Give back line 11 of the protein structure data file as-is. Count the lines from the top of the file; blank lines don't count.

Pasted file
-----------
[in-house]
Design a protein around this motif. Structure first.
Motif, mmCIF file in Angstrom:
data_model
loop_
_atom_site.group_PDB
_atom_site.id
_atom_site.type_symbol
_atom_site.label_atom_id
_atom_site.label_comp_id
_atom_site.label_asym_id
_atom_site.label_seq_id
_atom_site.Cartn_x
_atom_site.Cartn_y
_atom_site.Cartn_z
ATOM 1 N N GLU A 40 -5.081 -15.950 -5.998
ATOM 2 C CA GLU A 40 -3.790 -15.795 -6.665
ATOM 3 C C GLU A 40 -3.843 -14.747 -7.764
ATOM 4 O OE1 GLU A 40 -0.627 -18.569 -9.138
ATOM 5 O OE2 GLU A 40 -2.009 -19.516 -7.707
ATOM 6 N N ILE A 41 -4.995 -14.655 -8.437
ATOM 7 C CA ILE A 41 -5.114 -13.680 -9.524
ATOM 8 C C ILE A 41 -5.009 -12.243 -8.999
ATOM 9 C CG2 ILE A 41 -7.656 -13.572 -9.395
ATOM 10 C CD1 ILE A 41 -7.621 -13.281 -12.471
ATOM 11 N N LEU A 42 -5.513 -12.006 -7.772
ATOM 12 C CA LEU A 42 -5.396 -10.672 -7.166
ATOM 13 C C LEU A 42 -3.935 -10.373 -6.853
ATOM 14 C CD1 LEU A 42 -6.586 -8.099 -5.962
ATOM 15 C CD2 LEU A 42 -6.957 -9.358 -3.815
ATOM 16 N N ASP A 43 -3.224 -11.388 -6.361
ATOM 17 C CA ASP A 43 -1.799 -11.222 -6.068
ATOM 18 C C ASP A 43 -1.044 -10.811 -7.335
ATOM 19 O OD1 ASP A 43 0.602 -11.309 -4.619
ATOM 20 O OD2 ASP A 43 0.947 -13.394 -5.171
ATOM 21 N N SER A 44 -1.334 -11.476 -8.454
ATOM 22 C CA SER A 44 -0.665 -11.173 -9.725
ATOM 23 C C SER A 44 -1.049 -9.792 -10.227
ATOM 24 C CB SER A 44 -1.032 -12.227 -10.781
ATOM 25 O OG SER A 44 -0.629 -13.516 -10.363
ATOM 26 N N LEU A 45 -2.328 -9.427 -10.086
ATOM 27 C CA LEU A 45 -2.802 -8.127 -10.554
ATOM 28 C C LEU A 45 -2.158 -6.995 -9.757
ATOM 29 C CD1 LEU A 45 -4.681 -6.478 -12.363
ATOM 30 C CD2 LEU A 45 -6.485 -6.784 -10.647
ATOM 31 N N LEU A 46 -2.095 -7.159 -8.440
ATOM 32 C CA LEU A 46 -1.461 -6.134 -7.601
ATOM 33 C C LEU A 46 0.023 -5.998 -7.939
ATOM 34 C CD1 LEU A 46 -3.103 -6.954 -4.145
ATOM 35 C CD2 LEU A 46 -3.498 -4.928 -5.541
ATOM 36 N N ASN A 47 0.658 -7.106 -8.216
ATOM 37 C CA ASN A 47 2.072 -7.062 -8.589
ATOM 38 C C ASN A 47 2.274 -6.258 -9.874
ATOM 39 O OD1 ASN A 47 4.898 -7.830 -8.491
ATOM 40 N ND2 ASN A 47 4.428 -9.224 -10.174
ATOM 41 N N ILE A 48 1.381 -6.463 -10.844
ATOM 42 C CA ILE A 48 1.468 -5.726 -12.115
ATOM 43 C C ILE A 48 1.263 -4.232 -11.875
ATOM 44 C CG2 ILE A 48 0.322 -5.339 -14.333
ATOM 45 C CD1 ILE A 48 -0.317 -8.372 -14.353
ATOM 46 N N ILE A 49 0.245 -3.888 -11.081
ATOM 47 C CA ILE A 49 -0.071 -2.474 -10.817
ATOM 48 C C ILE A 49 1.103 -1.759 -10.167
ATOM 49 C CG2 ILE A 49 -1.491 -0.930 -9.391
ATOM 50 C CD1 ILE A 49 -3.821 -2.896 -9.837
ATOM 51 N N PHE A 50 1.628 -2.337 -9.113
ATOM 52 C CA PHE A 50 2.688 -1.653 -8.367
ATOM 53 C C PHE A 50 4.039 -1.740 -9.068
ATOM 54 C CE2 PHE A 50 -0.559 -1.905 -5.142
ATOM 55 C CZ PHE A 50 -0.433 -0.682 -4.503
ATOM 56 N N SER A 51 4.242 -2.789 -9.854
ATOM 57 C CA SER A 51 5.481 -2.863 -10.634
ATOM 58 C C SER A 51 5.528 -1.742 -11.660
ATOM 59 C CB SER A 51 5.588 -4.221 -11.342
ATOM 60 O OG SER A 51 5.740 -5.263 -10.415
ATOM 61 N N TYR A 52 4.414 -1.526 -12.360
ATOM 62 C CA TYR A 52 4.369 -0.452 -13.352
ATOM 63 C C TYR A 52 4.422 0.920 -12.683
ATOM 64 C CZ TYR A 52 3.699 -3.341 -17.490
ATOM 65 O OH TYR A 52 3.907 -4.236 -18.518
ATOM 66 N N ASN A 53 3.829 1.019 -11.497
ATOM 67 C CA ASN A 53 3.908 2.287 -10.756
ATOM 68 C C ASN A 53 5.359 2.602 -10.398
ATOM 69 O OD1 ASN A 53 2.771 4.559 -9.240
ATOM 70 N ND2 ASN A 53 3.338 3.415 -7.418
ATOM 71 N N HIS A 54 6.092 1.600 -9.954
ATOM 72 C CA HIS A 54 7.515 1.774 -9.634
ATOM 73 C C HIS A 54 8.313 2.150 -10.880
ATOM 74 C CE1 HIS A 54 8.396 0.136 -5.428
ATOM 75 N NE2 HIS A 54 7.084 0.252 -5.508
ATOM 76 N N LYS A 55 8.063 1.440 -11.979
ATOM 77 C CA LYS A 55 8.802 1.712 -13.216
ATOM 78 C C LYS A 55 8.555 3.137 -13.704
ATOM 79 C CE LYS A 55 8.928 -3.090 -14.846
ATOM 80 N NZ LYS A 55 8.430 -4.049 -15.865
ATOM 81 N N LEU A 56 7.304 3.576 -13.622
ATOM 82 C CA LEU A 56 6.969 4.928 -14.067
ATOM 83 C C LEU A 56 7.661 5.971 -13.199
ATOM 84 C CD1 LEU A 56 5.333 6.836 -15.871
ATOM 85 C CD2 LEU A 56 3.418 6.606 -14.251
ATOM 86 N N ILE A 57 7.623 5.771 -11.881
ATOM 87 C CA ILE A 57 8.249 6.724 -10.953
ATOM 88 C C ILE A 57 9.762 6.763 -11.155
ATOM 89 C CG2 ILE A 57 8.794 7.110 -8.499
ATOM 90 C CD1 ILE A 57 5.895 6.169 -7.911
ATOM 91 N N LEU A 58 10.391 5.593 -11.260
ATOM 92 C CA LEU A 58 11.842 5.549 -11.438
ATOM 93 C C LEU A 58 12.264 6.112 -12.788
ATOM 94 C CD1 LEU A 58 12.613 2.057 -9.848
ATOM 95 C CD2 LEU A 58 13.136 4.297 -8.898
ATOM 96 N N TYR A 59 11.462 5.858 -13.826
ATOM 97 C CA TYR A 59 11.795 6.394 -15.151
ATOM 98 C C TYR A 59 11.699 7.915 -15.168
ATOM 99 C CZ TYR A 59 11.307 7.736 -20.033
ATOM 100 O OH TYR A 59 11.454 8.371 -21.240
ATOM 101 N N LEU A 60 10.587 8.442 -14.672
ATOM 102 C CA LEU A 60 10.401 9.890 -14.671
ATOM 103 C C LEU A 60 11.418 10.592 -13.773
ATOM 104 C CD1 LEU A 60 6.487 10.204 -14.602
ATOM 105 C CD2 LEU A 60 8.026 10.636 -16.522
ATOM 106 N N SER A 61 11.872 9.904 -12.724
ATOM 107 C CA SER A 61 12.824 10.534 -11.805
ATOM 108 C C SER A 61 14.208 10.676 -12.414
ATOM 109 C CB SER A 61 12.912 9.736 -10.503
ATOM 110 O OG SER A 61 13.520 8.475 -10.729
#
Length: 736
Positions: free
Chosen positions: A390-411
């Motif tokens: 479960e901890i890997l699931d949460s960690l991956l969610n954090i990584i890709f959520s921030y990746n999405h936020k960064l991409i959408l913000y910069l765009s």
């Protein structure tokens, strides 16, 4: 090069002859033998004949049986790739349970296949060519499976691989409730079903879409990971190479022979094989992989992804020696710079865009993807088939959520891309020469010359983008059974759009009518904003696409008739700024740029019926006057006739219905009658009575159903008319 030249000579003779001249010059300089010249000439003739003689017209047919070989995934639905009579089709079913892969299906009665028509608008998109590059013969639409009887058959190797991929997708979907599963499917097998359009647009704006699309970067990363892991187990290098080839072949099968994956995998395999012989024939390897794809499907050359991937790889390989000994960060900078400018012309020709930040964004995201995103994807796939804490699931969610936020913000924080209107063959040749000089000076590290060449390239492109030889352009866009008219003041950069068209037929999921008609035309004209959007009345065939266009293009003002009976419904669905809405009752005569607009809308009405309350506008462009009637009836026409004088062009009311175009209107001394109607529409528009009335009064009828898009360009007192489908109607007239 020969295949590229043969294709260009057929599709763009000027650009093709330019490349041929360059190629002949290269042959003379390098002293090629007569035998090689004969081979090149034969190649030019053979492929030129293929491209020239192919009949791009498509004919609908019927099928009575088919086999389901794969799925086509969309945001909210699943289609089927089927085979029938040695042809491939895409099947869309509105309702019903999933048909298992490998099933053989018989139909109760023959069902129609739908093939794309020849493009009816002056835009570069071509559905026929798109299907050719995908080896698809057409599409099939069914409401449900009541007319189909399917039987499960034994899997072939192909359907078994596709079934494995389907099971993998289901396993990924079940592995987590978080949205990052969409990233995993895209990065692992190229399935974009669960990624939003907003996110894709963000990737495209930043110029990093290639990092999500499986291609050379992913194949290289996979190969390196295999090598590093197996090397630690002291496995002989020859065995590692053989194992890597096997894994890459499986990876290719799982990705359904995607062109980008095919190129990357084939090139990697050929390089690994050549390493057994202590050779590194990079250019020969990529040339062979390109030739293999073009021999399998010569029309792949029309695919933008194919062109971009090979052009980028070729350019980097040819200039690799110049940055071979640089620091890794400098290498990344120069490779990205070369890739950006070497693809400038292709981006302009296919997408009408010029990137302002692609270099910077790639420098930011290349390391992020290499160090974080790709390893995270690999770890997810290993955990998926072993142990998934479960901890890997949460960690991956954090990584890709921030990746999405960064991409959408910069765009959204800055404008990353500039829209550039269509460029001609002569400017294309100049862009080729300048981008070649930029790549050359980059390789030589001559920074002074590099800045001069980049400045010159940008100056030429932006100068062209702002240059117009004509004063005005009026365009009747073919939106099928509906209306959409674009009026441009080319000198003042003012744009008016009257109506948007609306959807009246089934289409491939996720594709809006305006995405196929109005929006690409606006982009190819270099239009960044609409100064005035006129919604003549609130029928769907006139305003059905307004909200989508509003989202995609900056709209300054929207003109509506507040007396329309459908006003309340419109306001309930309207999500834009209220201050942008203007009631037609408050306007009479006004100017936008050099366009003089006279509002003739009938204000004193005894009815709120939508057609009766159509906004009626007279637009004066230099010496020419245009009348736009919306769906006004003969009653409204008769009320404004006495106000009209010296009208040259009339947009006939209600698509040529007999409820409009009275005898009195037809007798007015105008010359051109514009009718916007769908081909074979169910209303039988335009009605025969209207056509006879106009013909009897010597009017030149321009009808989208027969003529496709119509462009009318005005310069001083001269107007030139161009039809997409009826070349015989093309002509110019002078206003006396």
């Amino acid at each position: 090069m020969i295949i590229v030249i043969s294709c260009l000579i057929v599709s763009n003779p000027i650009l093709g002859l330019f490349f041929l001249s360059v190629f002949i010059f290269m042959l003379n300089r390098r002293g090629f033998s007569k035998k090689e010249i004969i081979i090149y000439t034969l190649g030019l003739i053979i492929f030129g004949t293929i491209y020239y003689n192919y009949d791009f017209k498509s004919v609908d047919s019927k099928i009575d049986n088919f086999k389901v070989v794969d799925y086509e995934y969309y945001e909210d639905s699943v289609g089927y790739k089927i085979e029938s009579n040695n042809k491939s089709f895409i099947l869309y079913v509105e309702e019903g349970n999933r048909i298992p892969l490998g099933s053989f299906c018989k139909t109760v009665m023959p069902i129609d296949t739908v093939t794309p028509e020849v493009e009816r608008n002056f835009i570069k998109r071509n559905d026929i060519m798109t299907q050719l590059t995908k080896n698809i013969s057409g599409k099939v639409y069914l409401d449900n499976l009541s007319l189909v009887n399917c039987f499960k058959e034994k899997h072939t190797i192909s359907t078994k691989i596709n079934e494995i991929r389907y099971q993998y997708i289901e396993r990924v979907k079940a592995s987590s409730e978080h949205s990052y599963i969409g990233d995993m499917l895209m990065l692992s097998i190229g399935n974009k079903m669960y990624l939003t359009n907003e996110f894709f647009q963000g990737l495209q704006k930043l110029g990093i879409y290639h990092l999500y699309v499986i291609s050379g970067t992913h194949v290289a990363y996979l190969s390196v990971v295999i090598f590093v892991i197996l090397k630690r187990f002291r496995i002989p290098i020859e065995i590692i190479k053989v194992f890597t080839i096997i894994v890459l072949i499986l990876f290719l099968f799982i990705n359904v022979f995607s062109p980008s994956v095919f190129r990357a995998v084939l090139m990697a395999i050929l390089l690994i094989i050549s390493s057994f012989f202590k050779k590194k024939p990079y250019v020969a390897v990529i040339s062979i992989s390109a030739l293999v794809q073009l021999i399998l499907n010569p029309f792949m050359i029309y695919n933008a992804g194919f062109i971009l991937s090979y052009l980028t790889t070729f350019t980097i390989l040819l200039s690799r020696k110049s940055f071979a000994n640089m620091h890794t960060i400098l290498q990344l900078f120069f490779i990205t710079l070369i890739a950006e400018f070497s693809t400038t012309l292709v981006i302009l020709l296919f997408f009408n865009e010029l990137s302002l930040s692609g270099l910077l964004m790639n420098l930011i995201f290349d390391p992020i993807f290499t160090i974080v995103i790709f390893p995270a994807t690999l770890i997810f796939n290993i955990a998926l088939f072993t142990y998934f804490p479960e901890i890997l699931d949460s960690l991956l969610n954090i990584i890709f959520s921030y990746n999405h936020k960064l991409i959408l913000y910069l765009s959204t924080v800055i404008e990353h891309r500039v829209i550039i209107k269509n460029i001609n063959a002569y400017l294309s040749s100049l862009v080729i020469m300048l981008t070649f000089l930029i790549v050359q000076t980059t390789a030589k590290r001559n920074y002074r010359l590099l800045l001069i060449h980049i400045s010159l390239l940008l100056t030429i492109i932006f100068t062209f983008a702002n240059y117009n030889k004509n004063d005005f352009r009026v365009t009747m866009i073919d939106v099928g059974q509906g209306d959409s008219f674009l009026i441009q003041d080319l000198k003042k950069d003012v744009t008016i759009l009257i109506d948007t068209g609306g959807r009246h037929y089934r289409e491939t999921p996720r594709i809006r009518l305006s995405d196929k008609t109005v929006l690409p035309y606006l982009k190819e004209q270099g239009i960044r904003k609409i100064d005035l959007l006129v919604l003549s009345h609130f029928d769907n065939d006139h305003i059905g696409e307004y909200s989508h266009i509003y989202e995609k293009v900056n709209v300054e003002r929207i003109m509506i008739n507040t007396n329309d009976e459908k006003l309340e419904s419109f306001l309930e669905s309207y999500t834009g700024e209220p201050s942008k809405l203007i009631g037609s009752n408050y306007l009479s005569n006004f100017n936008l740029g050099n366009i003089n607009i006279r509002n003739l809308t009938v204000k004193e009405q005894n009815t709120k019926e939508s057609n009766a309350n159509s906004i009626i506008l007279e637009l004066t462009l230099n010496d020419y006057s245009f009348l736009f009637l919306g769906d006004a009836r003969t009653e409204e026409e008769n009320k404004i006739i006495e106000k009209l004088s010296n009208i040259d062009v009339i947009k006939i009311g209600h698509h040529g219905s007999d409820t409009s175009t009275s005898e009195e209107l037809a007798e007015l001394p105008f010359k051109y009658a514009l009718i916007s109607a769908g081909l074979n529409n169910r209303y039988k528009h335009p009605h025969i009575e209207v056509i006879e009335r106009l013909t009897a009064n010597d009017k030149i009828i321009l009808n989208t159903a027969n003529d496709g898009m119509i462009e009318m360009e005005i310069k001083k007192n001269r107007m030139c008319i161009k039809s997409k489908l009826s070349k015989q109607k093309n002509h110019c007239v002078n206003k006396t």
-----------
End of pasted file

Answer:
_atom_site.label_asym_id